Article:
Certainly Anges has noticed very serious extremes in climate in recent years. One relatively new pest is the allium leaf miner fly (Phytomyza gymnostom) which routinely attacks unprotected alliums, in particular leeks.
This was a real wake-up call to me as I had heard reports of it in the UK, but I have never personally had problems with it. Leeks are such a winter staple that losing them would be a real disaster. Agnes explained that they use mesh lifted off the ground with home made supports to protect the plants throughout the flies’ lifecycle. We shall do the same at The Oak Tree as it seems that the pest is spreading in the UK.
CSAs in the UK have many different ways of getting their produce to their members, but AMAPs generally have central a pick-up point where members go to collect thier “baskets” (what we would call “box”) of veg, and often other produce too, if they wish. Members weigh out the specified quantities and get a chance to chat to the producers.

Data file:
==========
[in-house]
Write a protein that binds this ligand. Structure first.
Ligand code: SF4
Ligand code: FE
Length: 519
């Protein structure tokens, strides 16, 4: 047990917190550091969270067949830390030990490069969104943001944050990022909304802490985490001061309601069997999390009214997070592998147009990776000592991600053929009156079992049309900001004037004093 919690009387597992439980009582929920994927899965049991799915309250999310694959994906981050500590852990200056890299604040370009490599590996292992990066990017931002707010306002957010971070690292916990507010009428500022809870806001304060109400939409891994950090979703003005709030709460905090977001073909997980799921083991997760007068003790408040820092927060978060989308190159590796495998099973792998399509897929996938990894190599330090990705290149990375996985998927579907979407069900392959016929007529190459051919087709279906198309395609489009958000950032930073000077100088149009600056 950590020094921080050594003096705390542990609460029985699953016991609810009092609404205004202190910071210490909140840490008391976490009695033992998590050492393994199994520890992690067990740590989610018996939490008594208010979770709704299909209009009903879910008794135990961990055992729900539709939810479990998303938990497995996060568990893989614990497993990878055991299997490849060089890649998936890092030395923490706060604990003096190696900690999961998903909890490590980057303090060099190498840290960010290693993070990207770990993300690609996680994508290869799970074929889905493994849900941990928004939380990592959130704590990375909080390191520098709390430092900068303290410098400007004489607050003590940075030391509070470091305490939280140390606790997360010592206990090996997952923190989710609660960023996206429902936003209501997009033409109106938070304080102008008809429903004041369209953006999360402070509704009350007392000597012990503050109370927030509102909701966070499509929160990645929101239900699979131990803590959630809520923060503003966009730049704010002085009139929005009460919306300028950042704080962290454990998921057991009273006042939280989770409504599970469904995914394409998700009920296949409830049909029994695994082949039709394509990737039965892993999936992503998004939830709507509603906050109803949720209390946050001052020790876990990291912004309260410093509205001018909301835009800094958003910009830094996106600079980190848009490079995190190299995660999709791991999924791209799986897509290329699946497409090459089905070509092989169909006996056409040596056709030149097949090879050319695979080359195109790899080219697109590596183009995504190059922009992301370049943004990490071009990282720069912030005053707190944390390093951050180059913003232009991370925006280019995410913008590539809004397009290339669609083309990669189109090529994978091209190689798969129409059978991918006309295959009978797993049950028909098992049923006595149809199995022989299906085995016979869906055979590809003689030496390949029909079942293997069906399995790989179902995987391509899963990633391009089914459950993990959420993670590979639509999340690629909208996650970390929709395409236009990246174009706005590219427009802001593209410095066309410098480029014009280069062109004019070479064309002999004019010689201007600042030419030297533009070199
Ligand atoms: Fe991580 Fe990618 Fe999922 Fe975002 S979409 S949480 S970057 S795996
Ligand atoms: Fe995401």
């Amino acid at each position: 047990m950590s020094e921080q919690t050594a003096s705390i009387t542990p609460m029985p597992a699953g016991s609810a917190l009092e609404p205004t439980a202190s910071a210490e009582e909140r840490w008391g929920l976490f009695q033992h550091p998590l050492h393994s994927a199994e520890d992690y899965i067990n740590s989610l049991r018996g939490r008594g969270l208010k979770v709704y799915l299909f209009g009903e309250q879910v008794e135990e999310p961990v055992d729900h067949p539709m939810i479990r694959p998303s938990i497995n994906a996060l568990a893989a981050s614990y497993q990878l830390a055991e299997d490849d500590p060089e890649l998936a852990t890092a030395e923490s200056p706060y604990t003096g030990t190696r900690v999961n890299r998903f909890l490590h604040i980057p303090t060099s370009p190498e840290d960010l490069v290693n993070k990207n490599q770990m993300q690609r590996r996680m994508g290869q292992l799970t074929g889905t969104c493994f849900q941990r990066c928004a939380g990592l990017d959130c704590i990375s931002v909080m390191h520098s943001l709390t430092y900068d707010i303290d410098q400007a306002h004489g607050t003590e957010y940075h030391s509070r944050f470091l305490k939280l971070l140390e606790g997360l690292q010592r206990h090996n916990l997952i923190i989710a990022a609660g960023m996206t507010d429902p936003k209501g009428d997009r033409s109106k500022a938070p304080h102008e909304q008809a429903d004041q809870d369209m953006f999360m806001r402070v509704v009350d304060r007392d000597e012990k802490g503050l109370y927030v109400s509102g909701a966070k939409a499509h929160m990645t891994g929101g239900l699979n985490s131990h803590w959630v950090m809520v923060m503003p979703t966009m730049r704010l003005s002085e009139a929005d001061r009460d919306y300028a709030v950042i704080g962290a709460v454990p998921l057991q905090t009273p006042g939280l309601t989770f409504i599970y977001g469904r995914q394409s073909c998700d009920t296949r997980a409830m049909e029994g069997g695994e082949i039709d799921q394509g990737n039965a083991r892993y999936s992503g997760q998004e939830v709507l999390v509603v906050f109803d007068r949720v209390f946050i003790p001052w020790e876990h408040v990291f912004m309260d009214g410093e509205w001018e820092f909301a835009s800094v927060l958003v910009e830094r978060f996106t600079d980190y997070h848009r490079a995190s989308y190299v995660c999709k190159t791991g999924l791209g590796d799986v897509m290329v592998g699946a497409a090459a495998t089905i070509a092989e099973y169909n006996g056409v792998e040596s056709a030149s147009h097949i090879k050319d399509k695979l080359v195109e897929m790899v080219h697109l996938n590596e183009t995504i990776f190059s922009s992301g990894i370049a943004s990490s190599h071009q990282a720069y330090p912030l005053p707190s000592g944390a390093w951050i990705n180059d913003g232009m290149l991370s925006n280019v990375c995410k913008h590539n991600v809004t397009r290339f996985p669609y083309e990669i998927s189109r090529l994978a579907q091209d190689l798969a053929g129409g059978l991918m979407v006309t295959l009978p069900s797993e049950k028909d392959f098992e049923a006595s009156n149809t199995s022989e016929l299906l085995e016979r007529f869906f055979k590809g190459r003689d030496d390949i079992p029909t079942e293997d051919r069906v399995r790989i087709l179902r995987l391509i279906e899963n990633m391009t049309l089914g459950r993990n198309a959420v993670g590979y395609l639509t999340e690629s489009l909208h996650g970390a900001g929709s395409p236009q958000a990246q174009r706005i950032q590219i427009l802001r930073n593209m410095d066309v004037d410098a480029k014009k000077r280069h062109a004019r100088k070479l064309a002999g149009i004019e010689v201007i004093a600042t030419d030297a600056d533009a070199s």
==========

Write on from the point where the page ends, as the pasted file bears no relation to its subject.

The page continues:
We also met a very interesting lady who makes bread from the wheat that her farmer father grows, which she now sells via the AMAP du Potager alongside Agnes. We’ve made some first steps to milling our own wheat there at The Oak Tree with our exercise bike mill, but I have alway been curious to find a good quality larger grain mill, and this lady explans that they use a Type Astrier mill – but there is a long waiting list for these machines!
We next visited the AMAP Art et Terre, meeting both the Association, and their grower Florent Boulanger, at the distribution point in Rue.
Claudine Bonnigues, volunteer from the AMAP association, explanined how the AMAP worked, and joined Florent, Richard and I on a tour round Florent’s market garden which was very impressive! Florent worked in an engineering consultancy before moving into growing, and this expertise showed with his selection of home made implements and tools. Truly, Richard and I were at times speechless at his innovation, and very inspired to have a go at something similar ourselves!